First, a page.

Also called the “Ecosphere” The biosphere is a relatively thin area of the Earth’s surface that supports life. Word “biosphere” was originally used in 1875 by Austrian geologist Eduard Suess to refer to the region of Earth where life can be found. The biosphere encompasses everything from the deepest tree roots to the dark depths of the ocean, lush rainforests and high mountain peaks. Therefore, whether life is on the surface of the Earth, high in the air, or underground, it is all part of the larger biosphere. In this way, the biosphere merges with the other three spheres of the Earth, namely the atmosphere, the lithosphere and the hydrosphere. Thus, the biosphere can alternatively be defined as the total of all Earth’s ecosystems.
Why is it called biosphere?
Greek words “bios” for life and “sphaira” because the shape of the Earth are the origin of the word “biosphere.” More than a century ago, the Austrian geologist Eduard Suess used the term “biosphere” for the first time in his four-volume work Das Antlitz der Erde, Where “The Face of the Earth.” The only explanation Suess could offer at this time for the existence of marine fossils in the mountains was that the waters of the Tethys Ocean had flooded the entire Earth, not that the continents had actually separated and transformed. Back then, no one understood plate tectonics. Eduard Suess coined the term “biosphere” because he believed it was crucial to try to understand life fully rather than focusing on specific organisms.
Components of the biosphere
The biosphere comprises three components: the lithosphere, the atmosphere and the hydrosphere. However, not all of them harbor or are inhabited by living organisms. Only these parts are considered a component of the biosphere where life is found and maintained.
The lithosphere is called the terrestrial component of the biosphere. The lithosphere includes solid landmasses like continents and islands. The lower mantle and the core of the Earth are the only parts that do not support life and therefore are not part of the biosphere. All other parts support life, from microorganisms and large trees to larger animals, by providing them with appropriate shelter and food.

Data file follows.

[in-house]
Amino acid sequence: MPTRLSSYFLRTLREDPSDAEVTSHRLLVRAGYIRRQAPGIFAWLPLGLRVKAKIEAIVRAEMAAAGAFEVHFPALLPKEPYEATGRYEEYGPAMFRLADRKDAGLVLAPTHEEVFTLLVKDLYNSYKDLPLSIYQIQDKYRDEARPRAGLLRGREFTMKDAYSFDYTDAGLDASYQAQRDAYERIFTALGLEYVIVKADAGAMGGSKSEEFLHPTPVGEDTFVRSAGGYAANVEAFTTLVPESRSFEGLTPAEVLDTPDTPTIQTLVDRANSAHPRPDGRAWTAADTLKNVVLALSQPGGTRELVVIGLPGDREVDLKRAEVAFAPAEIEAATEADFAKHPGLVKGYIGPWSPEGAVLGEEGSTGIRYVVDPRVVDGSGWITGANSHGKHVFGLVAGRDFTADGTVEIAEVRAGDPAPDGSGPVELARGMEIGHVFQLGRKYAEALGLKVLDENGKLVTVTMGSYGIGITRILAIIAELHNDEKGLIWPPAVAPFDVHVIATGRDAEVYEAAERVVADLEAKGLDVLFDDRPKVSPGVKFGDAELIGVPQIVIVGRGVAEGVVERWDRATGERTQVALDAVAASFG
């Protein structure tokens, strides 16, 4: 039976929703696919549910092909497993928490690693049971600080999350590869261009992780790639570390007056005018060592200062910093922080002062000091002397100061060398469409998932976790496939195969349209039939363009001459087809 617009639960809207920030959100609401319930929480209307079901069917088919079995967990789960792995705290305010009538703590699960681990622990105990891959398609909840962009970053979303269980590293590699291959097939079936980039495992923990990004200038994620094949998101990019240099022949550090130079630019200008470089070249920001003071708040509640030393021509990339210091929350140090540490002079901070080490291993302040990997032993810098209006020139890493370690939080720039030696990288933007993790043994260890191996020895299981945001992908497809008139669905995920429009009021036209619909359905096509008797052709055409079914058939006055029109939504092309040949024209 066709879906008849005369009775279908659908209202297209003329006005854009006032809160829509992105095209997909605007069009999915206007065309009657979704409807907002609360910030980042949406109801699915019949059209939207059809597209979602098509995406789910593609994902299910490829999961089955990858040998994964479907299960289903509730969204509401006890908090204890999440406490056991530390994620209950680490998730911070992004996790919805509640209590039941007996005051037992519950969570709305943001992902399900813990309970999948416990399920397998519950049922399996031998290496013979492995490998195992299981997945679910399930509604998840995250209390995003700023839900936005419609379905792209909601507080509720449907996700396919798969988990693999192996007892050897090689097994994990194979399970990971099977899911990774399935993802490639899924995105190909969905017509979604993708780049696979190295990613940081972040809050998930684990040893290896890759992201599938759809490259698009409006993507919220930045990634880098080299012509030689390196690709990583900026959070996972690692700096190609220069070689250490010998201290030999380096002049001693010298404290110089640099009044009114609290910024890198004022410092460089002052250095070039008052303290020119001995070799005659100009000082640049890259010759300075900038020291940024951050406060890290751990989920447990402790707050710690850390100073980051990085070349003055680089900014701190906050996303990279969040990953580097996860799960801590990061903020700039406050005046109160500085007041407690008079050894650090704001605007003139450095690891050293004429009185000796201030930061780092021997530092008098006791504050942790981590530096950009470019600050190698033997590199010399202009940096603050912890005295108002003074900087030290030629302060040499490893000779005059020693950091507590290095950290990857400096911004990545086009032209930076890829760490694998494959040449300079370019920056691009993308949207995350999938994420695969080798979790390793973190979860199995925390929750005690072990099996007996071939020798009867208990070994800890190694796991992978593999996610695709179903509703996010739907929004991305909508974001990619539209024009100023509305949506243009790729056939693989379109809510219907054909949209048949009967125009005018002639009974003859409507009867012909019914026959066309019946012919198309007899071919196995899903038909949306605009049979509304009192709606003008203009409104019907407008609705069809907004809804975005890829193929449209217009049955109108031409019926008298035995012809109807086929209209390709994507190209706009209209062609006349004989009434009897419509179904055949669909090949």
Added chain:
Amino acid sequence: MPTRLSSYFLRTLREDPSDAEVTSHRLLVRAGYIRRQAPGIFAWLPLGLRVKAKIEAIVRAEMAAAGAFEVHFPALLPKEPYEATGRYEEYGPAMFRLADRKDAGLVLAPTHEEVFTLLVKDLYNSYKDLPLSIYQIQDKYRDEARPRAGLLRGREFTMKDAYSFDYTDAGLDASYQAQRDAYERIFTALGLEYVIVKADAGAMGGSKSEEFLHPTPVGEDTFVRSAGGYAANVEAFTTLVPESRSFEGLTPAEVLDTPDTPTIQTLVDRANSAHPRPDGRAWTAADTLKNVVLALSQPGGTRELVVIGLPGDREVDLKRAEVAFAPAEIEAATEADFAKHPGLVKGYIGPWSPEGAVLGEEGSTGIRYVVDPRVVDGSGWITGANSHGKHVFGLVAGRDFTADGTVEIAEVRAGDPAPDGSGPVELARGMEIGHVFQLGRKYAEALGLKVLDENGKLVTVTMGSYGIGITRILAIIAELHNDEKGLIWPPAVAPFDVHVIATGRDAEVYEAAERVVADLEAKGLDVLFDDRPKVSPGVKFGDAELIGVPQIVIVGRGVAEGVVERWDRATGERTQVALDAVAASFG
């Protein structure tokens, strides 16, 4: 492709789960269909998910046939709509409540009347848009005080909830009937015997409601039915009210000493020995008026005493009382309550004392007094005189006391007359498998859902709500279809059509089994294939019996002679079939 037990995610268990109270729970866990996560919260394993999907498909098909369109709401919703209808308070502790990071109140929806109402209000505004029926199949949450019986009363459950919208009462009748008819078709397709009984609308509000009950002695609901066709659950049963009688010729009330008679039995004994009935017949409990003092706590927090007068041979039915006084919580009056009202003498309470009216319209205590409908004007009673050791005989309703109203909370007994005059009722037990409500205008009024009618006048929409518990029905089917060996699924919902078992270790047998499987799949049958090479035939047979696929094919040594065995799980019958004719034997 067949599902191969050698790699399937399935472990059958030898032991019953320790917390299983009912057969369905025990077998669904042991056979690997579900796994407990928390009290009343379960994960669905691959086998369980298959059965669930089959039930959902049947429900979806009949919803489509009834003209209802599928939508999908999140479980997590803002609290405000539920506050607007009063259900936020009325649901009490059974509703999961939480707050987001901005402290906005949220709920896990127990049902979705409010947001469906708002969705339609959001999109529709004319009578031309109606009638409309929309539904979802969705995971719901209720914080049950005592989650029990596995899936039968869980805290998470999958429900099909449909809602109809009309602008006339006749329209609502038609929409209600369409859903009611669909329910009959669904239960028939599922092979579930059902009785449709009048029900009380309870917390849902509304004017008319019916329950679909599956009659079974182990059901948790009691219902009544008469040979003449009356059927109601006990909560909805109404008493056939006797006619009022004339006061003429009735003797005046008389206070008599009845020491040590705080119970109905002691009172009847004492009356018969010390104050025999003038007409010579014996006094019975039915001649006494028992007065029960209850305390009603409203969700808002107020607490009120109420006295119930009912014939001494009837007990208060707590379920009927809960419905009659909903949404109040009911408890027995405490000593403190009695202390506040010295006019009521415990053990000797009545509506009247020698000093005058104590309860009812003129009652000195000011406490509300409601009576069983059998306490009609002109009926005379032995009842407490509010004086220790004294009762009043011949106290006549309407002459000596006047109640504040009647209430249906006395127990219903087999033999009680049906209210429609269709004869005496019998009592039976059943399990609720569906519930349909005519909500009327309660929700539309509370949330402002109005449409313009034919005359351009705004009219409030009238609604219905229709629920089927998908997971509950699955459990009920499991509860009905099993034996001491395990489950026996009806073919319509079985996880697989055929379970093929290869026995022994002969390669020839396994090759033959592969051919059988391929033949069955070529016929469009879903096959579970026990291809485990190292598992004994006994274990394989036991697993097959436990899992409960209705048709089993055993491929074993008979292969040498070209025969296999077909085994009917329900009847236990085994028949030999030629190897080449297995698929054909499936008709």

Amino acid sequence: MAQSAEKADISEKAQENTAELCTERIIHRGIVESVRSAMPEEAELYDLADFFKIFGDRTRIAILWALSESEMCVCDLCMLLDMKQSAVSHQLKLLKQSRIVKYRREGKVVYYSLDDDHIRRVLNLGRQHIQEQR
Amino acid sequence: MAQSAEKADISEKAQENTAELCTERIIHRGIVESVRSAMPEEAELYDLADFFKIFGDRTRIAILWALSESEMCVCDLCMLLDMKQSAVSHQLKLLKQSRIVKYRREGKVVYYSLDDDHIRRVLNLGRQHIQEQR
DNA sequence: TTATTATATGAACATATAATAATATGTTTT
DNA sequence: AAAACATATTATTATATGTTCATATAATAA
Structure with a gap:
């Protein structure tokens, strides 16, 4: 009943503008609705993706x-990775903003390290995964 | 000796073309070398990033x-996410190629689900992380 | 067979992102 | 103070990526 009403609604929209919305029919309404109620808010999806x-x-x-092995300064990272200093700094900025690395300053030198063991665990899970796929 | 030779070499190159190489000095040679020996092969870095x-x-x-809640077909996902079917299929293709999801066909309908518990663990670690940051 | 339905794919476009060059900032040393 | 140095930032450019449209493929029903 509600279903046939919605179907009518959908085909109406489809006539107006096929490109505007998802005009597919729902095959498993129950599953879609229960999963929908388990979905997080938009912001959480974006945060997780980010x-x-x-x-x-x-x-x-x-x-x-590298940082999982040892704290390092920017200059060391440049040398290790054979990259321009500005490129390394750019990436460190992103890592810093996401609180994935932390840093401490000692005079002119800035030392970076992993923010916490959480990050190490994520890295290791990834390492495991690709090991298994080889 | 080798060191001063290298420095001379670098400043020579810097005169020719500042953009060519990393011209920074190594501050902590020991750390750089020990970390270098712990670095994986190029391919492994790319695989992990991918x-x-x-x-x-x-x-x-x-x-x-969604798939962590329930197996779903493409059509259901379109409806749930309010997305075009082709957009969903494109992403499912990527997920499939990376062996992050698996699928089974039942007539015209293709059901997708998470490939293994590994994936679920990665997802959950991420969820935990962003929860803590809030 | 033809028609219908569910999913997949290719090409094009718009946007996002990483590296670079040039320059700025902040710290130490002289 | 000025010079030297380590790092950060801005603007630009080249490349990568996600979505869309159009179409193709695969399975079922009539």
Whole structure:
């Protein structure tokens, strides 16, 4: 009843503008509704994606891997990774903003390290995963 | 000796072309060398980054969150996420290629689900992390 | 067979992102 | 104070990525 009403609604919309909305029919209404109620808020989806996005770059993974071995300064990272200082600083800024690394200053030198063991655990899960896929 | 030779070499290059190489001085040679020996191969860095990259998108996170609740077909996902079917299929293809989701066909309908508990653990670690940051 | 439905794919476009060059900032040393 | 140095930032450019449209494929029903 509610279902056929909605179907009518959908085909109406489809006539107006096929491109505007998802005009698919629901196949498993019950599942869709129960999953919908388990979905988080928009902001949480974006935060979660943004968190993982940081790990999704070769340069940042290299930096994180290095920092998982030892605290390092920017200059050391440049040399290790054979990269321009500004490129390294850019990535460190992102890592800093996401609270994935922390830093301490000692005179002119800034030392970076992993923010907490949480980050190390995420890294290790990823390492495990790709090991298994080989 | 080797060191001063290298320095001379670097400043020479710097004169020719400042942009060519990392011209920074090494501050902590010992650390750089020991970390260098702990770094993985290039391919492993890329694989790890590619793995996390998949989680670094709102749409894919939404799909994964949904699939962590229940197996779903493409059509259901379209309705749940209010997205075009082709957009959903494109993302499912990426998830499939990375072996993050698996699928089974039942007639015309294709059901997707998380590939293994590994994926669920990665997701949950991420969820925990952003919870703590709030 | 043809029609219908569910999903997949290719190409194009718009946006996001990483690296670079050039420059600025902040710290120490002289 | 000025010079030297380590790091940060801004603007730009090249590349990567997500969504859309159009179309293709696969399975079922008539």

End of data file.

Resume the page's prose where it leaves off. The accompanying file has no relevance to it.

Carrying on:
The gaseous cover above the Earth is called the atmosphere. It contains a variety of gases including carbon dioxide, oxygen, and others to support the continued existence of living things like plants, animals, and humans. However, the upper part of the atmosphere has a low oxygen content. In addition to providing gases for respiration, the atmosphere, which is a component of the biosphere, has a specific function of protecting living beings from harmful UV rays from the sun.
All water on Earth is part of the hydrosphere. The ocean, lakes, rivers, snow, glaciers, water below the Earth’s surface, and even water vapor found in the sky are examples of the different types of water found on Earth. Many plants and animals can be found in the hydrosphere, which occupies about 70% of the Earth’s surface. The hydrosphere, the support of life, also plays a crucial role in regulating the Earth’s temperature.
What affects the biosphere?
The biosphere is constantly changing and strongly influenced by living and non-living things. It is believed that several factors like Earth’s tilt, natural disasters, climate change, etc. affect the biosphere.
Tilt of the Earth
Earth’s tilt has a significant impact on the biosphere. Earth’s tilt contributes to seasonal climate variations, making one side of the Earth temporarily cooler while the other half stays warmer for some time. Seasons are one of the most important physical factors in determining what type of species will thrive in a specific area.
The biosphere can also be strongly affected by natural disasters. Volcanic eruptions, for example, can alter life on earth by ejecting gases, lava, rocks and ash that devastate ecosystems. At the bottom of the ocean, volcanic eruptions can cause nearby water temperatures to rise. The biosphere is also damaged by other natural calamities, including earthquakes and floods.
In addition to the above factors, other factors that affect the biosphere include climate change, variations in temperature, humidity, precipitation, and erosion, which alter the environment around living things.
Importance of the biosphere
The biosphere provides the ecosystem necessary for survival and functions as the Earth’s life support system. Therefore, any slight change in the biosphere can have a significant impact on the life of living organisms.
Promotes life on earth
The biosphere is the true biological layer that covers the surface of the planet. Rivers, seas, lakes, oceans, and even the lowest point of the atmosphere are all included, along with the thinnest layer of the earth’s crust. The harmony between these components allows life, including human life, to exist on Earth.
Product of organic matter
Almost all of the biochemical processes that result in the formation of organic matter throughout the carbon cycle, involving both terrestrial and oceanic substrates, are carried out by oxygenic photosynthesis, which occurs in the biosphere. Additionally, the biosphere also helps recycle nutrients essential to sustaining life on the planet.
All living things need food to survive. The biosphere plays a vital role in providing food to different living organisms.